Kids Health

Independence Day 2018: Know India through these children’s books

Independence Day 2018: Books are a great way to get children interested in learning about the country, its culture, history and the people who make it what it is. Here is a reading list for your kids…and you!

Ahimsa by Supriya Kelkar

The story takes place in the pre-Independence era. Little Anjali loves her gorgeous collection of ghagra cholis and playing with her best-friend Irfaan. One day, caught up in patriotic fervor, the two paint a large ‘Q’ (for Quit India) which takes them on a chase through the Untouchables colony, in hot pursuit by the Brit officer whose bungalow wall they defaced. This forms the foundation for a story where Anjali discovers that her mother has joined the hallowed ranks of freedom fighters and everything that she took for granted, is about to change. She even has to give up her gorgeous clothes for homespun khadi. Follow Anjali on her journey and find out if one girl can make a difference in the destiny of a nation. The book, published by Scholastic, is inspired by the author’s great-grandmother’s experience working with Gandhi.

Like A Girl: Real Stories for Tough Girls by Aparna Jain

Behaving like a girl usually means being seen more than being heard. The book profiles gutsy women who changed India and the world. Read about Sultan Razia, Rani Lakshmibai and Chand Bibi from history, rebels like Amrita Shergil, leaders like Indira Priyadarshini Gandhi and modern icons such as Snia Mirza, Saina Nehwal and Dipa Karmakar. Published by Westland Books, the book’s 51 profiles stand out for the honest, no-holds barred approach without diluting the hard facts of the narrative.

We, The Children of India: The Preamble to Our Constitution by Leela Seth

This is a book that can be read aloud to a really young child, with each page explaining the preamble to our Constitution in simple terms. Sample this: What then is a constitution? It is a book that contains the ideas, rules, promises and duties agreed to by the people of a country. It can be changed from time to time if the citizens feel that it is necessary. But usually, because it is the most important law of a country, this cannot be done too easily.” Published by Puffin, this book by the late former Chief Justice Leela Seth, illustrated by Bindia Thapar, is a must for any bookshelf.

The Incredible History of India’s Geography by Sanjeev Sanyal and Sowmya Rajendran

Sanjeev Sanyal’s Land of the Seven Rivers was a popular read for adults and this edition is a retelling for younger readers. It’s also filled with amazing trivia. Did you know this one? “After his great victory at Plassey, Robert Clive did not offer thanksgiving at a church. He did it at a Durga Puja organised by Nabakrishna Deb in Kolkata!” Here’s another nugget on the Everest: “In 1849, the highest mountain in the world was discovered. It was more than 29,000 feet high! This mountain, Peak XV, was called Chomolungma or Mother Goddess of the World by the Tibetans. The Survey of India usually retained the local names for places wherever possible but not this time. The highest mountain in the world was renamed after George Everest. Yes, Peak XV is Mountain Everest.” If your kids are not fond of geography, they’re sure to develop an affinity now. Published by Penguin Books, if your kids are not fond of geography, they’re sure to develop an affinity after reading this one.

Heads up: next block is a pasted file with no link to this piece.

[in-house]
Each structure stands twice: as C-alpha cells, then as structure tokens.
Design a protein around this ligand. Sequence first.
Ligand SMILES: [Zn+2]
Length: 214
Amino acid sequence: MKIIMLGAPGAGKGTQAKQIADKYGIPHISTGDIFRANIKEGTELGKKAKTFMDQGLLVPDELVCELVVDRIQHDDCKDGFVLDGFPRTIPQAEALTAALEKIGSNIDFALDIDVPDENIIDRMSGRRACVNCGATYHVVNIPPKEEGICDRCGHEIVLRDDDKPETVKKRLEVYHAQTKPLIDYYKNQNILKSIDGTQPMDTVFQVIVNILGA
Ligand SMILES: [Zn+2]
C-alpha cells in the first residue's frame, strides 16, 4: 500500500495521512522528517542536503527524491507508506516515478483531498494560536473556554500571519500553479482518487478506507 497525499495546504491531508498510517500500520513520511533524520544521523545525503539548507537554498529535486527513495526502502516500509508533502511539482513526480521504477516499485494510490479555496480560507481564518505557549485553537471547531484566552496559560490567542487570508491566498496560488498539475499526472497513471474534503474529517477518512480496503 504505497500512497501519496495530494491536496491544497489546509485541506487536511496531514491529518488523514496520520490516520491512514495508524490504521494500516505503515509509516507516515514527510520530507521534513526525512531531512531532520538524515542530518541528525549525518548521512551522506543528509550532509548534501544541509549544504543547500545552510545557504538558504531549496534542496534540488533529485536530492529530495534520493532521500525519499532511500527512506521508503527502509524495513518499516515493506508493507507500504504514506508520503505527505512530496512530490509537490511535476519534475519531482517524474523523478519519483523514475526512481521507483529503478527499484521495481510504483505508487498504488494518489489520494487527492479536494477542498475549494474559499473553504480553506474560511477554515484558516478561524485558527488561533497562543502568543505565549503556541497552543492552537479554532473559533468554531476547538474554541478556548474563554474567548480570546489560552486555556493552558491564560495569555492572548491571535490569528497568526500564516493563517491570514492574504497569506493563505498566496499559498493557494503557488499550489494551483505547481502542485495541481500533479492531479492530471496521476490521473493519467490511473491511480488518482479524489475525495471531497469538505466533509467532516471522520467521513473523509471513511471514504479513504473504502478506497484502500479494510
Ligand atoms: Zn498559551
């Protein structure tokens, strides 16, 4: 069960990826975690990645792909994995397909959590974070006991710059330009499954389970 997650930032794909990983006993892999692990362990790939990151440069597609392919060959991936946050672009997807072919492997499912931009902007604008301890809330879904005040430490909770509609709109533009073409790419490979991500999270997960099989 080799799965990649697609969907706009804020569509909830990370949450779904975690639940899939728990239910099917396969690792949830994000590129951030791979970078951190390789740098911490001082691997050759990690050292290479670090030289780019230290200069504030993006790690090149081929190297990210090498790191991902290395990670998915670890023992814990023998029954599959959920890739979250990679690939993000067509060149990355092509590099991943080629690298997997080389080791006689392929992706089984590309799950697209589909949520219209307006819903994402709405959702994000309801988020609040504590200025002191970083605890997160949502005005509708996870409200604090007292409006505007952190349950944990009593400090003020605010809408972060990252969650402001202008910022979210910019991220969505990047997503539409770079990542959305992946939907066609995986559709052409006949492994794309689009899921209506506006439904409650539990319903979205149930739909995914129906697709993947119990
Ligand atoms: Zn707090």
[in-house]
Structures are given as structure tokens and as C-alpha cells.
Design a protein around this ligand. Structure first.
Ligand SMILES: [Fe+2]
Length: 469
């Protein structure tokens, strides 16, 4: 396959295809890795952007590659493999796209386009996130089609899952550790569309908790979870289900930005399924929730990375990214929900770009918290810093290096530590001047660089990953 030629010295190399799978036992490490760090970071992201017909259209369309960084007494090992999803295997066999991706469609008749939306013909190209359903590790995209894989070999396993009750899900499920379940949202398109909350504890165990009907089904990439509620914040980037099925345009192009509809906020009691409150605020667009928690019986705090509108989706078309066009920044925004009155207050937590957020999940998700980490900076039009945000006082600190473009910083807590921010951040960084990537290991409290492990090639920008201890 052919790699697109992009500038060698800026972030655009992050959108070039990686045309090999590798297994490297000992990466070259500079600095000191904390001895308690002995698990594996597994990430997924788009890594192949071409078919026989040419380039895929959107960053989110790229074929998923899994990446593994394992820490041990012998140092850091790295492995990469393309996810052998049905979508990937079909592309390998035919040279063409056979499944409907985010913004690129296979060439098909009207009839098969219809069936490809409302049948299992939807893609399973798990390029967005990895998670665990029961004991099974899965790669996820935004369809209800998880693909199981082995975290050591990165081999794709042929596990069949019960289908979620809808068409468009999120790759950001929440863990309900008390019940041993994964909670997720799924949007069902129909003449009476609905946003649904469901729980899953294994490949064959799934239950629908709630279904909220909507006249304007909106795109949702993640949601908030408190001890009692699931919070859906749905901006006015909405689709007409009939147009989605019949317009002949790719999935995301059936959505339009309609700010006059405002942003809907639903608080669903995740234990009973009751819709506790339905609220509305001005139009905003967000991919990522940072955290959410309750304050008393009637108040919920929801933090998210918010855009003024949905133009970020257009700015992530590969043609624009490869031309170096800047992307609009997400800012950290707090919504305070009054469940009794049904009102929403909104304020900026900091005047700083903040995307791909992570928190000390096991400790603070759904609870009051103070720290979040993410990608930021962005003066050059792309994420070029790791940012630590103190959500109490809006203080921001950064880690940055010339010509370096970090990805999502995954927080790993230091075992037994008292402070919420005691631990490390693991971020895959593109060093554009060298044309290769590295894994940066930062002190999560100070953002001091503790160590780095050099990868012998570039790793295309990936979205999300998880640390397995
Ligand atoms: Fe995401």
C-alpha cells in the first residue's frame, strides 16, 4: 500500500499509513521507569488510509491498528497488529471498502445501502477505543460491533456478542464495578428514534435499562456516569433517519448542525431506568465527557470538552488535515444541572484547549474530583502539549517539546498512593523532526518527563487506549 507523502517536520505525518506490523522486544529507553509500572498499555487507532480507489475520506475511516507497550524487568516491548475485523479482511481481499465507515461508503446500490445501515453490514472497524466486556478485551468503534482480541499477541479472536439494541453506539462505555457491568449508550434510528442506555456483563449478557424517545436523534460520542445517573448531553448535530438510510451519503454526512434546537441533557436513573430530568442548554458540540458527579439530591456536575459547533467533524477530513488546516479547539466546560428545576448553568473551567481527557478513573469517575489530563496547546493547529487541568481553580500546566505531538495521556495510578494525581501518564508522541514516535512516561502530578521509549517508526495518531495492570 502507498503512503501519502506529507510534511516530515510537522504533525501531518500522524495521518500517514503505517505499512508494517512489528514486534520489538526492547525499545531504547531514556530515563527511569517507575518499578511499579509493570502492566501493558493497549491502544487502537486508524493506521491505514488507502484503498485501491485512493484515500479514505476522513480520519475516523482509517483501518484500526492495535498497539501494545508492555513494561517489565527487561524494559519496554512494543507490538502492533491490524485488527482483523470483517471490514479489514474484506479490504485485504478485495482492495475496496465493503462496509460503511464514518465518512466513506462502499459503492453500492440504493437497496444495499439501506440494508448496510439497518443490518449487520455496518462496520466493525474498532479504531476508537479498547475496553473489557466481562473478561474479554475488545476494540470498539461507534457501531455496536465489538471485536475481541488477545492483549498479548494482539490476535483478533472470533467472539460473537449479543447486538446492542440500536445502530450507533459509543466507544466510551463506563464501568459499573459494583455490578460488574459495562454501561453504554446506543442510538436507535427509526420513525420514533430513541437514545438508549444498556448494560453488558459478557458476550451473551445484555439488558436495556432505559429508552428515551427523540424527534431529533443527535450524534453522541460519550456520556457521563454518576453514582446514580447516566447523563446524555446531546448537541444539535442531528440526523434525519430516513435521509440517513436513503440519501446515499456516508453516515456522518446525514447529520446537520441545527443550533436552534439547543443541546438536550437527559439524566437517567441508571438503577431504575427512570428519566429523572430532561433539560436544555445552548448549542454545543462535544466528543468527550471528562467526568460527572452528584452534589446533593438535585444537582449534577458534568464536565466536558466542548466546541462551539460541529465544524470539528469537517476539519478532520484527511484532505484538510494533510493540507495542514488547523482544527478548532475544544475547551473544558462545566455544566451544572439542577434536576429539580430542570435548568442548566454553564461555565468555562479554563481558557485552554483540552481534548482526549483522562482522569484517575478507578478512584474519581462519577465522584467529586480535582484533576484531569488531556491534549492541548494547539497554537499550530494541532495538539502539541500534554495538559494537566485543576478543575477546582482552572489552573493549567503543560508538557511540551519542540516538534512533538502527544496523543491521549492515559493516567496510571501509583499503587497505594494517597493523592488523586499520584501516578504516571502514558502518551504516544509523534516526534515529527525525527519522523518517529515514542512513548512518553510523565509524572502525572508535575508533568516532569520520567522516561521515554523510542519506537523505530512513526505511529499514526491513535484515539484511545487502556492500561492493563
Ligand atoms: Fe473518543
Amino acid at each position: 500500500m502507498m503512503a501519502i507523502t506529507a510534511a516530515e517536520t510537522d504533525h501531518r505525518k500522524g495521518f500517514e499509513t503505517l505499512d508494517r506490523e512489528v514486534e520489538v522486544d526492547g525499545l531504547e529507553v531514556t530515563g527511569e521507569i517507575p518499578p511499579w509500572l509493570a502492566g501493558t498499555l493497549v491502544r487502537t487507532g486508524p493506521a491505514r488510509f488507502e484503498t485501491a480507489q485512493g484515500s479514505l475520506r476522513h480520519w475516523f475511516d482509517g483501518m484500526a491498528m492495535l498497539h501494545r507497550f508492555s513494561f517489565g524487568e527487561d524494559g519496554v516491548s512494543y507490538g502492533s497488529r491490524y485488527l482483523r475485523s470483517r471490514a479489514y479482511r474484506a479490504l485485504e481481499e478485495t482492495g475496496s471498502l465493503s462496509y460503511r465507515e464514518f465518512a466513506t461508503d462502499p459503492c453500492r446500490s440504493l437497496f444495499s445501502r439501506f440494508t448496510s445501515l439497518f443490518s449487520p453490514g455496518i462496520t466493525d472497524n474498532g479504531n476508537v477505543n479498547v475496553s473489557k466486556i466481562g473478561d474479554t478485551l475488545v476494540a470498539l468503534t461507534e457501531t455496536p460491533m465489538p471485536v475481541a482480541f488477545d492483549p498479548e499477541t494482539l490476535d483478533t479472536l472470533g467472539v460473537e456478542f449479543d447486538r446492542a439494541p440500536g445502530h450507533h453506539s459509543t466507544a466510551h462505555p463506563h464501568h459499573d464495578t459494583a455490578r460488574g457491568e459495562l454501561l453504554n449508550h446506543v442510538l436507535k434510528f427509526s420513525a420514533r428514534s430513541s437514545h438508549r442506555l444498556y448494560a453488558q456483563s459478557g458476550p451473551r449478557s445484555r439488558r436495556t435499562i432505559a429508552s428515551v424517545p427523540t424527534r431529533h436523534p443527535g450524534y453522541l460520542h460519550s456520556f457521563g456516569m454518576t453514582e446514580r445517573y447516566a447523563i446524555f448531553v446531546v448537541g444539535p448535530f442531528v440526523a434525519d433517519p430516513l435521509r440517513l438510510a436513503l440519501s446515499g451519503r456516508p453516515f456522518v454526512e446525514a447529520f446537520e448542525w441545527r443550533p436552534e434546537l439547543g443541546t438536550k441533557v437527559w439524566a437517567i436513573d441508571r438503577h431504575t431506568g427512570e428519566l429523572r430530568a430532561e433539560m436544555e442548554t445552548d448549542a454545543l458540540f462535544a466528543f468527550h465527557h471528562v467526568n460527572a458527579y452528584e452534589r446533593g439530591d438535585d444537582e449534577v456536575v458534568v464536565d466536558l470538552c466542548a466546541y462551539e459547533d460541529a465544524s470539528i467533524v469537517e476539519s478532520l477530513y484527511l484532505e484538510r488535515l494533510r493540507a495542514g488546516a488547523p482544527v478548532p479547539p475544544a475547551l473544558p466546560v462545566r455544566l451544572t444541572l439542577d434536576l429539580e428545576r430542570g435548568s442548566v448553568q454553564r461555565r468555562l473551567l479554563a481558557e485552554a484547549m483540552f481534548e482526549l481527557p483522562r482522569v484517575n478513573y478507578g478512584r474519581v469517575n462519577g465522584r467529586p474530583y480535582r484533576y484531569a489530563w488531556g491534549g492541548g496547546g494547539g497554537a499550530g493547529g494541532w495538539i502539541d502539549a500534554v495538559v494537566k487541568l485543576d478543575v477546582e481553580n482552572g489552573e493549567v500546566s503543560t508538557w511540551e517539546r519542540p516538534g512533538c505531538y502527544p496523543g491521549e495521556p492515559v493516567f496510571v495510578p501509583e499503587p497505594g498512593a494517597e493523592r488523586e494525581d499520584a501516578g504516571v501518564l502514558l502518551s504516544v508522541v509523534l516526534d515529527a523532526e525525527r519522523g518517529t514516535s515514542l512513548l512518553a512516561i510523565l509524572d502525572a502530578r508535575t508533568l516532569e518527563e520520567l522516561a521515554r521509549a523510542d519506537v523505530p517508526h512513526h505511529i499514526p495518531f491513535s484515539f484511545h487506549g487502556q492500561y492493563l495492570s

Let’s Go Time Travelling: Life in India Through the Ages by Subhadra Sen Gupta

Can history be fun? Well, this book certainly makes sure it is, with unique information and weird trivia about our ancient civilisations and culture. Find out if they designed jewellery in Harappa and if King Ashoka was fond of chewing paan. For instance, did you know that if you lived in the Indus Valley, you coild quite easily get lost, since all the cities looked the same? “Honestly, I’m not making this up! All the cities were made using bricks that were exactly the same size. The streets were laid out in straight lines at right angles in an identical grid and the houses had the same design. You had two main streets, one running from north to south and another from east to west, and they were as wide as our three-lane highways.” Published by Penguin India, it’s delightfully illustrated by Tapas Guha.

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